I was late to the party with Chester-based trio Peaness, who had been going and gigging for almost four years before I fell completely under their spell in late 2019 after catching them, quite by accident, at a show at Brighton’s Prince Albert pub. Before their set was even two songs in they had become my New Favourite Band Of The Day, and I looked forward to falling further in love with their music during 2020.  Sadly opportunities to do so were non-existent, but I’m quick at making up for lost time – as are Peaness – and they have a marvellous new long-playing record that is guaranteed to expand what was already a fairly substantial fan base from before the world had ever heard of Covid19.

World Full Of Worry is a simply beautiful debut LP, filled with frequently downbeat and often flat-out melancholic songs masked by the upbeat, sunny nature of their melodies and the always gorgeous vocals of bassist Jess Branney and guitarist Balla Balbenta. Peaness’ own Twitter page proclaims that they have been “making sad bangers since 2015” and sad bangers are definitely what populate this album. Indeed, so upbeat and melodic are almost all of the tunes that their messages were easy to overlook for my first four or five plays, so delightful was it to listen to over and over again. 

Its eleven tracks – including several previous singles, highlighted by the delightful pre-lockdown vinyl release ‘Kaizen’ and the more recent, exclusively digital ‘How I’m Feeling’ – fly by in what feels like a split second, although it’s a perfectly acceptable length for an album.  But as you know, time always flies when you are enjoying yourself…

As well as those two winners, the album reprises several download-only ‘singles’ from 2022 such as the recent ‘Irl’ and its predecessor (and the album’s ostensible title track) ‘Worry’.

What might just be its best track, 2021’s ‘What’s The Use’ motors along splendidly, with sweetest vocals this side of Tate & Lyle’s syrup being underpinned by Jess and drummer Rachel Williams’ telepathically tight rhythm section. ‘I Never Get Invited To The Cool Parties’ they sing, with very few signs that Jess and Balla actually care about this. Nevertheless I’m sure there will be plenty of cool parties in the trio’s immediate and ongoing future…

Besides the singles there so much more to savour, from the ‘Hello Clouds, Hello Sky’ feel of the psych-light, acoustic opener ‘Take A Trip’, to the impressive detailing of a crumbling relationship (‘People Change, I’ve Grown Too Far From You’) that is its closer ‘Sad Song’, with a melody and cascading harmonies that would not have sounded out of place on any late Beatles or early Todd Rundgren album. Impressive, too, is the fact that Peaness have made an album that sounds just like they do when they play live. There are a few overdubs and the odd extra instrument played here and there, but nothing surplus to requirements, and the whole thing sounds recorded rather than produced (in a very good way, of course…)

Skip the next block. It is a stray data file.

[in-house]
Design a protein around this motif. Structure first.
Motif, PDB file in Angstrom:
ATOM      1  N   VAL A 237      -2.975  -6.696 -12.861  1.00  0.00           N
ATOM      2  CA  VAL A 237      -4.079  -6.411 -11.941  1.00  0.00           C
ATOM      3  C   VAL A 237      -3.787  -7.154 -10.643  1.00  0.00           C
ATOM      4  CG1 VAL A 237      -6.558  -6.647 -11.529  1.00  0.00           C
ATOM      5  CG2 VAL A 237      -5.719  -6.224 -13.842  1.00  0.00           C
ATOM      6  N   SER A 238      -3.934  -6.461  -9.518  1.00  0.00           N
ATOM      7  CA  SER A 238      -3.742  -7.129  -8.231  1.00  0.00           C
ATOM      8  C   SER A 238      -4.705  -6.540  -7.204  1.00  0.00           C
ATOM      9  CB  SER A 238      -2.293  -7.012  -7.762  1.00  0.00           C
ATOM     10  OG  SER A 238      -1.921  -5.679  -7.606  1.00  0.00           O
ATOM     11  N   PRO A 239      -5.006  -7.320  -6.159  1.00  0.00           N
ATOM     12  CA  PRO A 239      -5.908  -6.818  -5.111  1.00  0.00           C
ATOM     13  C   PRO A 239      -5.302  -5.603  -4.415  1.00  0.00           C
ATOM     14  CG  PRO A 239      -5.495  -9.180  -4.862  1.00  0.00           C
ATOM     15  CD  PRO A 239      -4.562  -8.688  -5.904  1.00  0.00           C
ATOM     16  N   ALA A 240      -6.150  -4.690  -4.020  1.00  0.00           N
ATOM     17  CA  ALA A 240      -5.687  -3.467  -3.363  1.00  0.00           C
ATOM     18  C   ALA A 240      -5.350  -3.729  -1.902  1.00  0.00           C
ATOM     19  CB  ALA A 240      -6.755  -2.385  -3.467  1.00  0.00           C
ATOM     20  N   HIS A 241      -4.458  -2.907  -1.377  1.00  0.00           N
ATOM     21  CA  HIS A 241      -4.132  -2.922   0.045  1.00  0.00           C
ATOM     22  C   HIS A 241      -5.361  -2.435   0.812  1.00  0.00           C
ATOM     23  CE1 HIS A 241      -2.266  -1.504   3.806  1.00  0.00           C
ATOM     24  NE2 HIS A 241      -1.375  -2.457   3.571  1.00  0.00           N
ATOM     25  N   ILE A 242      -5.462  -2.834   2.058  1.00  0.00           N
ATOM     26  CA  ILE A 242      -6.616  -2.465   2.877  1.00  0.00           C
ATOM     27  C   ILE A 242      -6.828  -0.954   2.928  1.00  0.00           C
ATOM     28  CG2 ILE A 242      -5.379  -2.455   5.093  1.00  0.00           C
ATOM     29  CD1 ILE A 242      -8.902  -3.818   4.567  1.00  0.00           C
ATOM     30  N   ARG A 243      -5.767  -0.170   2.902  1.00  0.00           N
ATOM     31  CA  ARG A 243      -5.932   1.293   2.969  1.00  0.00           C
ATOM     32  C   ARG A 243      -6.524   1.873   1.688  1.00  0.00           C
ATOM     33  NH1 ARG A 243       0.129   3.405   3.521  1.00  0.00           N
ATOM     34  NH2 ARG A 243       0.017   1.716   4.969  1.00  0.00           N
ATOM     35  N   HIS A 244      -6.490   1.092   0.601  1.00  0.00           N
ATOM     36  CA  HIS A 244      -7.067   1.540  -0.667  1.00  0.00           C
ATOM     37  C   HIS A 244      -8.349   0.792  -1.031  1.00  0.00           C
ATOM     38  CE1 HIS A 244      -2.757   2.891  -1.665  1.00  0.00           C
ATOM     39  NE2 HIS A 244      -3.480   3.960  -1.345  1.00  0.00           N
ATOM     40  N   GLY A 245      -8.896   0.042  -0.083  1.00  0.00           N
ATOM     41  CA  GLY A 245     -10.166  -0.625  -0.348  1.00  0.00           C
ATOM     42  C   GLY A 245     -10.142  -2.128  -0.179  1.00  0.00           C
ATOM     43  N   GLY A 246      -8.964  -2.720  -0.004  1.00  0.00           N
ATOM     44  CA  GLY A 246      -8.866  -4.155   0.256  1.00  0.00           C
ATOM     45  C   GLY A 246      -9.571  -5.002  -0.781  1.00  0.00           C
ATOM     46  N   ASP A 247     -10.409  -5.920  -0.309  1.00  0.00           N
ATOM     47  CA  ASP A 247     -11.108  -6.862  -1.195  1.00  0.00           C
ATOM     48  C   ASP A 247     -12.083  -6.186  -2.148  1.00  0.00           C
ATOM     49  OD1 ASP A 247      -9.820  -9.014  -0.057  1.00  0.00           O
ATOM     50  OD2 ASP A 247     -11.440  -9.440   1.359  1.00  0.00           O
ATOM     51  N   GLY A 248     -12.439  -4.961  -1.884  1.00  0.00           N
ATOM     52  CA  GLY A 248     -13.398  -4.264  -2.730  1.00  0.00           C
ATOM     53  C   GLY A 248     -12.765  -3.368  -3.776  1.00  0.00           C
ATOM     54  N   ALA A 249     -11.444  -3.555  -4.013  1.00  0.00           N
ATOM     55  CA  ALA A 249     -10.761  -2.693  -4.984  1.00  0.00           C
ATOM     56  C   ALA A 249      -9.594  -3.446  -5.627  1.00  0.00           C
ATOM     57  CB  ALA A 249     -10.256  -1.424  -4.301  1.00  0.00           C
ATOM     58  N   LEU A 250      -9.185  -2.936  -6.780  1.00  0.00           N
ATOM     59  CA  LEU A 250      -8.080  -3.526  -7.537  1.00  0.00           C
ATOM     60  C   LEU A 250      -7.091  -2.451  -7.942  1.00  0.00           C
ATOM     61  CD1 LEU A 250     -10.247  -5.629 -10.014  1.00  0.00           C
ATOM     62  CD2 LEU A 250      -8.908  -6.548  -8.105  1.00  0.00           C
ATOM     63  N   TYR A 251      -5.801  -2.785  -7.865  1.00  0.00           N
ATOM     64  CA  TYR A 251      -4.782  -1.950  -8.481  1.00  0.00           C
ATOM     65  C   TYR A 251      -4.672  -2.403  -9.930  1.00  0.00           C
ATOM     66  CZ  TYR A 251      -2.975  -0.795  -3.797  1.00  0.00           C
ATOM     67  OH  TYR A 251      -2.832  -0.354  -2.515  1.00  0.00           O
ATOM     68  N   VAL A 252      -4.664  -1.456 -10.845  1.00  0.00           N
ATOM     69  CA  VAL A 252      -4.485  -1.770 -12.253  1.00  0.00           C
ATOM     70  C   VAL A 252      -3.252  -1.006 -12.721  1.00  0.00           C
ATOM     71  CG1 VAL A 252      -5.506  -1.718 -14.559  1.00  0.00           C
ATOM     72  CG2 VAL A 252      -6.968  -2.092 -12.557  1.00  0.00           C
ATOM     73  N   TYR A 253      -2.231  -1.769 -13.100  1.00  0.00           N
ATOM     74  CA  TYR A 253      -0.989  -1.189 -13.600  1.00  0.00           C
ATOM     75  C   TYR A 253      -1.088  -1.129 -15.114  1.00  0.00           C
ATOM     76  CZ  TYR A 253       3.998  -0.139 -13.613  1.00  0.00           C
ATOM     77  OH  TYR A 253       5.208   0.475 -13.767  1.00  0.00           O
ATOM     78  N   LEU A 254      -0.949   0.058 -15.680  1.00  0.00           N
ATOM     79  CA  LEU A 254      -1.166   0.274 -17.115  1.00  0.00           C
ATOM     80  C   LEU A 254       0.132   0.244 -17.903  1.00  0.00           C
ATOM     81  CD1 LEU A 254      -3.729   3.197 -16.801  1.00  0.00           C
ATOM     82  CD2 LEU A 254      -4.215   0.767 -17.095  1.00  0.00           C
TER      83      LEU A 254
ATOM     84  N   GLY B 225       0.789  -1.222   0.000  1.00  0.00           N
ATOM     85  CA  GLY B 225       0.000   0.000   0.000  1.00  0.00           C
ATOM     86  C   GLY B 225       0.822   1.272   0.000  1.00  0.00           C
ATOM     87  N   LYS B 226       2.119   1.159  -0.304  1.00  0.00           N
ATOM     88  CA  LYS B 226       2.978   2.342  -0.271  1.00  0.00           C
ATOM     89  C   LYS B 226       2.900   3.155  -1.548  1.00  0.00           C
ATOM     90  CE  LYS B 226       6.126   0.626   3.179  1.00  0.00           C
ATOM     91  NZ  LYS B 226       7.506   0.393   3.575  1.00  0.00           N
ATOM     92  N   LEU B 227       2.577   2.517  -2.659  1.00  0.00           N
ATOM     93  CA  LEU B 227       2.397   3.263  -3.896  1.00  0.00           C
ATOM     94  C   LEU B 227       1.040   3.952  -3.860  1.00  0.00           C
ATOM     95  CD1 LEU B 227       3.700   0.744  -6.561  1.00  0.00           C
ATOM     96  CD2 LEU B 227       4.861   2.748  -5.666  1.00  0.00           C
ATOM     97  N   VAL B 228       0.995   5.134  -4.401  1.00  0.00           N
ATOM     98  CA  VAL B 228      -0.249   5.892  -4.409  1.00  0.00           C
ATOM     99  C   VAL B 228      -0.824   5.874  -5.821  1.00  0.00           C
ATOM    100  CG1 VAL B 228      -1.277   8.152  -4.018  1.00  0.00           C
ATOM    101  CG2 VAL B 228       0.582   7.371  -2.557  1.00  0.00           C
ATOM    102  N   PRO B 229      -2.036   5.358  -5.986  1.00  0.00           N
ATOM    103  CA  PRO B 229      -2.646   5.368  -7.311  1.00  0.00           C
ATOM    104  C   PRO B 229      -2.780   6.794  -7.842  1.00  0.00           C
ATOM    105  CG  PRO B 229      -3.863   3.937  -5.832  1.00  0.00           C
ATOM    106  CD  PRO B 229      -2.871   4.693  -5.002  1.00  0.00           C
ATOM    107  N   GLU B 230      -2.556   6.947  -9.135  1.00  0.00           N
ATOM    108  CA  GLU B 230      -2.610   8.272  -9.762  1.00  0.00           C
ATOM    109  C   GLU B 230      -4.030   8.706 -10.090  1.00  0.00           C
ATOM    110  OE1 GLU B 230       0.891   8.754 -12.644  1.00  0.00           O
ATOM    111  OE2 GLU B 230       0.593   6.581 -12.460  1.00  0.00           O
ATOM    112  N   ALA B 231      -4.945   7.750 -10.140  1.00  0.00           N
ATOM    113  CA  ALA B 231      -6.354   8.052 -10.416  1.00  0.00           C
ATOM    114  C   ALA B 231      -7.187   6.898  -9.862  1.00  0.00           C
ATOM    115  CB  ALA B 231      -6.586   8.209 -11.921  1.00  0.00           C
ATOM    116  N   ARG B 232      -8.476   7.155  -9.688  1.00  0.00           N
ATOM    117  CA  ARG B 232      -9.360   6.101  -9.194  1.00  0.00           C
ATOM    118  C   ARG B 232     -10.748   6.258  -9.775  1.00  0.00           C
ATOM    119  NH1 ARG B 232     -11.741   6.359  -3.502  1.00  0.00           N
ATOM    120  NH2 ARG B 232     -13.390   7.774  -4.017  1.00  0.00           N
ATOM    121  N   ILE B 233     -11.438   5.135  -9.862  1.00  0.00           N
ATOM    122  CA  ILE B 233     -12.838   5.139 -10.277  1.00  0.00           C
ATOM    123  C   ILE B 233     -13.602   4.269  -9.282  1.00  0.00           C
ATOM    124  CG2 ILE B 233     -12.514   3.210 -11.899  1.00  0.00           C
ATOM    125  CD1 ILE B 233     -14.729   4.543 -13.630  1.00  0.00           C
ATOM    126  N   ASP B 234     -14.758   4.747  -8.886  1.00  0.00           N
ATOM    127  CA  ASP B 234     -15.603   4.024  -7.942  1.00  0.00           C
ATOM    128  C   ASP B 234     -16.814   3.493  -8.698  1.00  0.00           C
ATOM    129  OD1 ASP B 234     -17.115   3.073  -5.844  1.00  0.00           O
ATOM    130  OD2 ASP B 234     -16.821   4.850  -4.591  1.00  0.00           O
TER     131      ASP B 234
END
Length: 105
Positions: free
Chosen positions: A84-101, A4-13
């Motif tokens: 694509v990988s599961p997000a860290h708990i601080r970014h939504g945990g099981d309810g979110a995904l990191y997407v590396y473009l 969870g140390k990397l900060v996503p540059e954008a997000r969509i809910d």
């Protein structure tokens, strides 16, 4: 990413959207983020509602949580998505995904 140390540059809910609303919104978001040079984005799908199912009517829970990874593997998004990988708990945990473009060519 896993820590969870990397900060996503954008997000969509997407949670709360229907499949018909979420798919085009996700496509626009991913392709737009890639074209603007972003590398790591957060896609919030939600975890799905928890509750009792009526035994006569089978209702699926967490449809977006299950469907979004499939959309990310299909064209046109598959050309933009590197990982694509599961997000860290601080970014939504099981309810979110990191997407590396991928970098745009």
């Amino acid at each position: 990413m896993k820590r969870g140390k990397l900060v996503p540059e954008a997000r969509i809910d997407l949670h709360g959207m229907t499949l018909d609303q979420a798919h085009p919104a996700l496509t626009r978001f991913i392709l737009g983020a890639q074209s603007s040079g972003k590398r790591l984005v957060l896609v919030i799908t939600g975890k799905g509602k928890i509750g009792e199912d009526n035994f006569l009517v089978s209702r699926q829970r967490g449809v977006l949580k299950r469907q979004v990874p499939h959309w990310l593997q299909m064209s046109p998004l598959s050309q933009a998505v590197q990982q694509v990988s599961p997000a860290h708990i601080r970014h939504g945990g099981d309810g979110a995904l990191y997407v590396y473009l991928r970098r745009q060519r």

The band recently shared photos of their matching pea tattoos ❤️

You’ll be looking for comparisons, I suppose?  Well, apart perhaps from London’s Deuxes, I can’t think of a single act currently on the circuit who sound even slightly like Peaness, or vice versa – and of course it’s a good thing to sound like yourself and nobody else. They do share some harmonic and melodic traits with a band I loved and miss very much, Brighton’s late lamented Bloom, but otherwise I had to dig back a long way to reference early Orange Juice (Peaness would do a blinding cover of ‘Falling And Laughing’) and 80s cult favourites Sophie and Peter Johnson.  It’s the fact that they don’t sound like anybody currently out there but themselves that makes Jess, Rachel and Balla so appealing as a band, and so likely to fast track themselves to headline shows in bigger venues than those they are currently playing.

I know there’s still a lot of 2022 to go, but I think it’s entirely possible that I might have already found my favourite album of the year. Peaness are literally just about to embark on an extensive UK tour to promote it including several gigs and signings in shops, details of which can be found on their Facebook
Twitter or on their website peanessband.com

‘World Full Of Worry’ is out now, on CD and vinyl, on Totally Snick Records. You can buy it at any Peaness gig or good record shop from 6 May onwards, or order direct from their Bandcamp.